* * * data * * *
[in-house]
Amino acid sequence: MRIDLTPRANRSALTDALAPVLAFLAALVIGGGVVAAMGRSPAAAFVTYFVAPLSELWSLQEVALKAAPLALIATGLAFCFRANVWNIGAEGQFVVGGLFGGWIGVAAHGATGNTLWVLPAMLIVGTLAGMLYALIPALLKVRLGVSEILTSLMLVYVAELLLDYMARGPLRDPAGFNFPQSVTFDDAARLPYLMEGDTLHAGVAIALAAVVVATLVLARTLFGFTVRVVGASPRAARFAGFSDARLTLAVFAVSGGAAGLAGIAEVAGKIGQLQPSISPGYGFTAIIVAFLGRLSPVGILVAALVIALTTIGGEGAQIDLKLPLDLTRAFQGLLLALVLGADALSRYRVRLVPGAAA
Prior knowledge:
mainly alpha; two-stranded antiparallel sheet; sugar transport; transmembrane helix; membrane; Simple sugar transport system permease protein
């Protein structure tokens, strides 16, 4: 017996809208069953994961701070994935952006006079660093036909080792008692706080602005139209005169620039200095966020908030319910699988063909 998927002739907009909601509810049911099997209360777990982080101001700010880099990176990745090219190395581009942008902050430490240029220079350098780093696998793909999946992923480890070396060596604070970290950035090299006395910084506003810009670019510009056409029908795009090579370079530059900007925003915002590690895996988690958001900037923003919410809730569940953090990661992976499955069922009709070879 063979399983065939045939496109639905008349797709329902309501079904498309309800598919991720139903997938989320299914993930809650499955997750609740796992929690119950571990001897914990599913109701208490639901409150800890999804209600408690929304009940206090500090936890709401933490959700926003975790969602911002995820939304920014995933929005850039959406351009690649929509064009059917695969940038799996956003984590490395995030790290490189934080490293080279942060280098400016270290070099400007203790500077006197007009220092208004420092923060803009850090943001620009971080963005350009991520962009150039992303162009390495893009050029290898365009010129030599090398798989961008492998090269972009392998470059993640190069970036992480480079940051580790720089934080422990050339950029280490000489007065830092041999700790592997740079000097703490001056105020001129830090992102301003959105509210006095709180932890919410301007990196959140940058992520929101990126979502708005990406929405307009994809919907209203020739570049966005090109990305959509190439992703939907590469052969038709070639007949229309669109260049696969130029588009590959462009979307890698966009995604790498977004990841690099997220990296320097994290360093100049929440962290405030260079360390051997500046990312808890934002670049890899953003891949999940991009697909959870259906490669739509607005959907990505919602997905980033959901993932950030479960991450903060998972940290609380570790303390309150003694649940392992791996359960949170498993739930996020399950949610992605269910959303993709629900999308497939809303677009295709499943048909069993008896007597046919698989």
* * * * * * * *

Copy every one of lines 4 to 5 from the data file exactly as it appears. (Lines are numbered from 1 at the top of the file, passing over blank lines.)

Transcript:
mainly alpha; two-stranded antiparallel sheet; sugar transport; transmembrane helix; membrane; Simple sugar transport system permease protein
């Protein structure tokens, strides 16, 4: 017996809208069953994961701070994935952006006079660093036909080792008692706080602005139209005169620039200095966020908030319910699988063909 998927002739907009909601509810049911099997209360777990982080101001700010880099990176990745090219190395581009942008902050430490240029220079350098780093696998793909999946992923480890070396060596604070970290950035090299006395910084506003810009670019510009056409029908795009090579370079530059900007925003915002590690895996988690958001900037923003919410809730569940953090990661992976499955069922009709070879 063979399983065939045939496109639905008349797709329902309501079904498309309800598919991720139903997938989320299914993930809650499955997750609740796992929690119950571990001897914990599913109701208490639901409150800890999804209600408690929304009940206090500090936890709401933490959700926003975790969602911002995820939304920014995933929005850039959406351009690649929509064009059917695969940038799996956003984590490395995030790290490189934080490293080279942060280098400016270290070099400007203790500077006197007009220092208004420092923060803009850090943001620009971080963005350009991520962009150039992303162009390495893009050029290898365009010129030599090398798989961008492998090269972009392998470059993640190069970036992480480079940051580790720089934080422990050339950029280490000489007065830092041999700790592997740079000097703490001056105020001129830090992102301003959105509210006095709180932890919410301007990196959140940058992520929101990126979502708005990406929405307009994809919907209203020739570049966005090109990305959509190439992703939907590469052969038709070639007949229309669109260049696969130029588009590959462009979307890698966009995604790498977004990841690099997220990296320097994290360093100049929440962290405030260079360390051997500046990312808890934002670049890899953003891949999940991009697909959870259906490669739509607005959907990505919602997905980033959901993932950030479960991450903060998972940290609380570790303390309150003694649940392992791996359960949170498993739930996020399950949610992605269910959303993709629900999308497939809303677009295709499943048909069993008896007597046919698989």